As is often done with modern architecture, the Parisians imported the architect to create the iconic Louvre pyramid. The pyramid sits in the “Cour Napoléon” or Napoleon Courtyard which is considered to be the “front” of the Louvre. I.M. Pei had already worked on the National Gallery of Art in Washington D.C. and the Boston Museum of Fine Arts.
The local Parisian were outraged at the idea of a foreigner would be selected for such an important job in such a classical setting, but that was to be expected. The art community welcomed Pei for his past achievements. The result, an iconic and globally recognized entryway, speaks for itself. The pyramid is arguably as much a symbol of Paris as the Eiffel Tower.
7. The Louvre is the Most Visited Museum on Earth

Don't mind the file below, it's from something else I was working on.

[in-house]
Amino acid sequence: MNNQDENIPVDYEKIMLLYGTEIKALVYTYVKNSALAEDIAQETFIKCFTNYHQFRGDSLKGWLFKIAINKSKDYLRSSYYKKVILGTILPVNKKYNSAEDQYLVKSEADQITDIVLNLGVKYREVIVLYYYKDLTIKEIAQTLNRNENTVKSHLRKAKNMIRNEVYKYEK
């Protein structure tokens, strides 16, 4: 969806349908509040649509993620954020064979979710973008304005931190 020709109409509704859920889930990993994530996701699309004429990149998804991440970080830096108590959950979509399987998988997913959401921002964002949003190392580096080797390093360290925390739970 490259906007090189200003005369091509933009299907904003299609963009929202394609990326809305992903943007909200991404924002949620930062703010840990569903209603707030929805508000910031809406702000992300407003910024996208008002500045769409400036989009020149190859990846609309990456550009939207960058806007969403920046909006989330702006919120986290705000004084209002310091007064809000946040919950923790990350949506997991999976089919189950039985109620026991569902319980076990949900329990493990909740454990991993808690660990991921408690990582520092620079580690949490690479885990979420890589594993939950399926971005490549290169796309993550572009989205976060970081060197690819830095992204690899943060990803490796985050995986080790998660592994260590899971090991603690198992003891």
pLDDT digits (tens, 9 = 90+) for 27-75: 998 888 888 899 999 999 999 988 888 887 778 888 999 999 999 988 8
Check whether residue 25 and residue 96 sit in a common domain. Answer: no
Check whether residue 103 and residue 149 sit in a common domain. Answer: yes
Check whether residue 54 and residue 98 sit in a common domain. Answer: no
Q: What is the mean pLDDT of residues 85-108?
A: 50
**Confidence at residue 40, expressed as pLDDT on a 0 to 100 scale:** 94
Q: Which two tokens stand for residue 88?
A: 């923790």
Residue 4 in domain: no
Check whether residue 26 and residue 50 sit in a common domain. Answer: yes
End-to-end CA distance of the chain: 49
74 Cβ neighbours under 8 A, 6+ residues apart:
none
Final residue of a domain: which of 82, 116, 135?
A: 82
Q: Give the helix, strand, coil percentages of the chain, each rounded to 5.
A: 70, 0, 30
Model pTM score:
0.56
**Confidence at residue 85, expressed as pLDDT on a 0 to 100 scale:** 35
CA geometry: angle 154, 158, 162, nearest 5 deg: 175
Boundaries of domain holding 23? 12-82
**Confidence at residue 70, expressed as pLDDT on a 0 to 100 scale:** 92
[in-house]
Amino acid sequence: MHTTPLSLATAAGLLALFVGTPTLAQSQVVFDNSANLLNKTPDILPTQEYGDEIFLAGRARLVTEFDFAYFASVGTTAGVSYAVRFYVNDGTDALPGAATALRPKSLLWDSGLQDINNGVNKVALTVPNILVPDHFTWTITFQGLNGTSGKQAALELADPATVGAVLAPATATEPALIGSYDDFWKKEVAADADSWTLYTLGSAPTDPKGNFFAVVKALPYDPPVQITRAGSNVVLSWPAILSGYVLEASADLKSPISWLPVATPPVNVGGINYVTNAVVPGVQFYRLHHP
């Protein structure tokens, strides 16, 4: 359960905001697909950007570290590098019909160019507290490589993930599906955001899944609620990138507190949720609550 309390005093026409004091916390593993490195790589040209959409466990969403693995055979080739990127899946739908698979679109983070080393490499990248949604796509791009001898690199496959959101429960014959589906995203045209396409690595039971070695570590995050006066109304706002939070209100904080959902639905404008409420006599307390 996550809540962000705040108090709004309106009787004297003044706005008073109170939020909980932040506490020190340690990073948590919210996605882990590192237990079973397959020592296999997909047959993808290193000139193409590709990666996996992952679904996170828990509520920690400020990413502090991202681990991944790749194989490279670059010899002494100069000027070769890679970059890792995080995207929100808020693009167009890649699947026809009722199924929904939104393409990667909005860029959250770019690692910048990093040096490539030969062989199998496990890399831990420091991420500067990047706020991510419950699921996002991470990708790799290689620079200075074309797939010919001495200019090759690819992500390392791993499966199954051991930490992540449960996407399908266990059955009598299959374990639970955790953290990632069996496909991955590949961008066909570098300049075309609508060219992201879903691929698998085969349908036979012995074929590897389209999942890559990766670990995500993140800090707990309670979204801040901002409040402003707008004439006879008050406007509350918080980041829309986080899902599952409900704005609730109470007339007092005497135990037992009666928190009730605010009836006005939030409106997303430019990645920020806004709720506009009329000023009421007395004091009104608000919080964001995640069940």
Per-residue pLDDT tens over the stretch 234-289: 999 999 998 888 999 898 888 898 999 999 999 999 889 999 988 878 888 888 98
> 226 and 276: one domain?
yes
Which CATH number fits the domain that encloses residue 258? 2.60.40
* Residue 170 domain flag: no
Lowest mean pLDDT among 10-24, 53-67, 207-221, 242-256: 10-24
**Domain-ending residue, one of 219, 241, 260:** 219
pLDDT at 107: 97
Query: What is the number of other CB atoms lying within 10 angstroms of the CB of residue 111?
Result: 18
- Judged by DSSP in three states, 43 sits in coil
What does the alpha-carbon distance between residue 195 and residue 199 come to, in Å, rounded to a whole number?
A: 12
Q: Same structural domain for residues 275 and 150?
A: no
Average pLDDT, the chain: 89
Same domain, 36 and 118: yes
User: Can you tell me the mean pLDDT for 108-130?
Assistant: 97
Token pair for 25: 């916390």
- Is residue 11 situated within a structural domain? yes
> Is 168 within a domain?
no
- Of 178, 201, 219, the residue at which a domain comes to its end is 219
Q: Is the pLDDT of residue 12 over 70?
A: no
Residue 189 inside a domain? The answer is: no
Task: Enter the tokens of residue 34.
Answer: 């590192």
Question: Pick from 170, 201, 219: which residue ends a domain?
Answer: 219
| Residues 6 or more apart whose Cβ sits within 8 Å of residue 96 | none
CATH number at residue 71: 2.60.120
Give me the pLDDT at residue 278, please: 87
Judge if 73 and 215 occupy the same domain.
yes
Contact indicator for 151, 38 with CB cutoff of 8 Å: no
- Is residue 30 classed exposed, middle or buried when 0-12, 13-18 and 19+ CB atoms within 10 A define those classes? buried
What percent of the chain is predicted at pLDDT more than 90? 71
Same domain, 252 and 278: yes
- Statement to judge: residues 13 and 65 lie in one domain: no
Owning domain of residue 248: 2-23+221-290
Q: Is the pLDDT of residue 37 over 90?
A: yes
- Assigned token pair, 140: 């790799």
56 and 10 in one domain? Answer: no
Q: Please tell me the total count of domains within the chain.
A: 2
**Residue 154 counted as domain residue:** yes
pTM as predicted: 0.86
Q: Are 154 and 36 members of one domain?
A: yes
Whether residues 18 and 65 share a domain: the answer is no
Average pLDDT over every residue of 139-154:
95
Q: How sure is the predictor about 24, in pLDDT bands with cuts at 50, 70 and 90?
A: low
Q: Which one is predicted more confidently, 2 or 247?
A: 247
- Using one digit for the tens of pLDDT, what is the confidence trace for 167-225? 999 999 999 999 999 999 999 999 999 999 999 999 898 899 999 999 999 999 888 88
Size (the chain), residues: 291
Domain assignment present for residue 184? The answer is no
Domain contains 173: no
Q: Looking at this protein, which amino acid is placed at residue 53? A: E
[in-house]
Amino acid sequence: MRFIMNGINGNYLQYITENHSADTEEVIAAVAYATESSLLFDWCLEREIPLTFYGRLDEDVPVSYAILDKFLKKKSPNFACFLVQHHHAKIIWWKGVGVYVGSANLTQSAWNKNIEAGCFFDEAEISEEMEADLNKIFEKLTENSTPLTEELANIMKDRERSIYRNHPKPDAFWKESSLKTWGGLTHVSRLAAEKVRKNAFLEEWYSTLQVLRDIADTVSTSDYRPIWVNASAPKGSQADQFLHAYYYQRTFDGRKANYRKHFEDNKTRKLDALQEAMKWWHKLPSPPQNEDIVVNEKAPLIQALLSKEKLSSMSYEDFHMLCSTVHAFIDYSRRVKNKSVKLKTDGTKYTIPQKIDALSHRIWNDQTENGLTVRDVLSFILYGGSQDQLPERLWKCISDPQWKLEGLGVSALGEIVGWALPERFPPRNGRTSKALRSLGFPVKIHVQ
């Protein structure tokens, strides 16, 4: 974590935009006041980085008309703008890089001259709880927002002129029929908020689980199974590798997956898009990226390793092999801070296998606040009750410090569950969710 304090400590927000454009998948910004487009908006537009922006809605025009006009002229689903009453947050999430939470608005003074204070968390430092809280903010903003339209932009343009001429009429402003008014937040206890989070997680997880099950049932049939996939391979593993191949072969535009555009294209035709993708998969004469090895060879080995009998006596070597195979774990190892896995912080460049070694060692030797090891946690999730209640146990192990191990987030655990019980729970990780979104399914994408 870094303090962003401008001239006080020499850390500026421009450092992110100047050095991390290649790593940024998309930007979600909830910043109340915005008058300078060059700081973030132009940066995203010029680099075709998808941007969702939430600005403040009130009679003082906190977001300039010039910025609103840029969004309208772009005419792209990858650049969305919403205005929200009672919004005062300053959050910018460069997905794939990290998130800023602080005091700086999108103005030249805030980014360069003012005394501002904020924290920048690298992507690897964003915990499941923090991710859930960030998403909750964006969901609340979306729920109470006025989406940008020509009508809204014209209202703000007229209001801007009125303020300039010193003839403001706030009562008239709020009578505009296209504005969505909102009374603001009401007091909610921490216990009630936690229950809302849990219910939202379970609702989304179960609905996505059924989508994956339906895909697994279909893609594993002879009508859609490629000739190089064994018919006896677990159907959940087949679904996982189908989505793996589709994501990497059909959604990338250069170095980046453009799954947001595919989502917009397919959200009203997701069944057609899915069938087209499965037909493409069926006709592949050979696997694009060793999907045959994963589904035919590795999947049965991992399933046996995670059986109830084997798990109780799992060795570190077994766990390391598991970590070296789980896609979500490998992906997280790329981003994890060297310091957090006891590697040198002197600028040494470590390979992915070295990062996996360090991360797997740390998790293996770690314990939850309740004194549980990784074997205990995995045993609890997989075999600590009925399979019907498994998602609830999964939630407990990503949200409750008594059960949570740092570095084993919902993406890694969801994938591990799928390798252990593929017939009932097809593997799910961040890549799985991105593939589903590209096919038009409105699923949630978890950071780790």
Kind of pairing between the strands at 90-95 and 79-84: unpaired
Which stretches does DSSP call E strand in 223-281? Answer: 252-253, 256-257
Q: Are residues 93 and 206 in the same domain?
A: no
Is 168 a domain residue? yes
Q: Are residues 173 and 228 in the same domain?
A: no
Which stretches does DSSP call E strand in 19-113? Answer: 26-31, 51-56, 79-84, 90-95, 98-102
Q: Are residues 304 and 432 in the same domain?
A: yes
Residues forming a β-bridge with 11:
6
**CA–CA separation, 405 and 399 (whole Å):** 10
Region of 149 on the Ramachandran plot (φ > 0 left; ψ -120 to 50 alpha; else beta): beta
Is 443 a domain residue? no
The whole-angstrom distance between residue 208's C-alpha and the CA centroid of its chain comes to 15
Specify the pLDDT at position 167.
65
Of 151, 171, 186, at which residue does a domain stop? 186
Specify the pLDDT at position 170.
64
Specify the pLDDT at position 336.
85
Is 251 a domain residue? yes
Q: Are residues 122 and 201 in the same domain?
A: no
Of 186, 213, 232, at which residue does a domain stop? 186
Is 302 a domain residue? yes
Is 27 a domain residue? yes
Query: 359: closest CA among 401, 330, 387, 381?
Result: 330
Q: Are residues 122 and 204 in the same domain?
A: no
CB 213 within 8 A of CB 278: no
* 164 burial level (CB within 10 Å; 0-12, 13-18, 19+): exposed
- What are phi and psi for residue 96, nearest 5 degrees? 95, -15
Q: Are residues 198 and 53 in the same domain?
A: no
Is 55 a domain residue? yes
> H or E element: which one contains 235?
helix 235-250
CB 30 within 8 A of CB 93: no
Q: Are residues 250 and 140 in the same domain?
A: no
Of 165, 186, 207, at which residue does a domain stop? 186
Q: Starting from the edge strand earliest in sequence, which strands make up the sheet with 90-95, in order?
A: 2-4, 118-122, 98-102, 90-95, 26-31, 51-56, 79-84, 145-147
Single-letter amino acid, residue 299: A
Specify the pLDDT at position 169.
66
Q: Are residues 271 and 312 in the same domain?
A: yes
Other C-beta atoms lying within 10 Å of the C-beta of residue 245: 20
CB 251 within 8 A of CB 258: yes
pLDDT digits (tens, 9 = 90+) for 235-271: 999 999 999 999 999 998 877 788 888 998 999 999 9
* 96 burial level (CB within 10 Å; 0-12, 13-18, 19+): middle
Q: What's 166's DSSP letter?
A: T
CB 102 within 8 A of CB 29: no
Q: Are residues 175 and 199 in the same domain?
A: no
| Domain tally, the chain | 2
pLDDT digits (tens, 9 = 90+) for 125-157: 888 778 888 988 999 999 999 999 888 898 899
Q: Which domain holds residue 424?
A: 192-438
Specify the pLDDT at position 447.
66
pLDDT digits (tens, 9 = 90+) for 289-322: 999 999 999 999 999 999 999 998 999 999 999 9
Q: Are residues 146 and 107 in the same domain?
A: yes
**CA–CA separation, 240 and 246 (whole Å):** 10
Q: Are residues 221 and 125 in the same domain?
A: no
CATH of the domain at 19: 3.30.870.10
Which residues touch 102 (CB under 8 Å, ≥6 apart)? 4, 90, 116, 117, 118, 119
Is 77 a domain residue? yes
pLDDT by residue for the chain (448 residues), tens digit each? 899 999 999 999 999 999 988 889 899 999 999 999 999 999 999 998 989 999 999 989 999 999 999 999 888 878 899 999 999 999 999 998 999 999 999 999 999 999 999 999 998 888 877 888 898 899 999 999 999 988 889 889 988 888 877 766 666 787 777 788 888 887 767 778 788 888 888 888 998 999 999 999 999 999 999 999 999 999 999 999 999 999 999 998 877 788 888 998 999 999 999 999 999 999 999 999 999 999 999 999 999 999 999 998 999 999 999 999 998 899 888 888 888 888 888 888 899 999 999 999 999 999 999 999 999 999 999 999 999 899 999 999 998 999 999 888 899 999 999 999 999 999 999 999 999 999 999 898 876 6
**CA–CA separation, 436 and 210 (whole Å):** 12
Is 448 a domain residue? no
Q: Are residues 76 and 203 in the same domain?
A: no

The BBC reported that 10.2 million people visited the Louvre in 2018 which was boosted because Jay-Z and Beyonce made a music video in the museum. That makes it the most visited museum on Earth. I think it is incredible that popular culture can draw attention to the arts and wish Jay-Z would make more videos in museums!
It being the most visited museum may sound like a no-brainer since it is the largest, but the Hermitage in Russia is the second largest but tenth most visited.
6. The Mona Lisa is Most Famous Because it was Stolen
People obsess over La Giocanda (The Mona Lisa) for many reasons of little significance. Some say that it is a self-portrait of a homosexual Leonardo. True or not, this is not a big enough deal to be discussed in the art community. Da Vinci did not invent symbolism in art--far from it.
Why is the Mona Lisa not the greatest painting in the Louvre? It is without a doubt one of the greatest portraits ever painting, but it is still a portrait. Portraits are not interesting enouogh to reach international stardom. They are intended to preserve the image of a person in time for their future kin.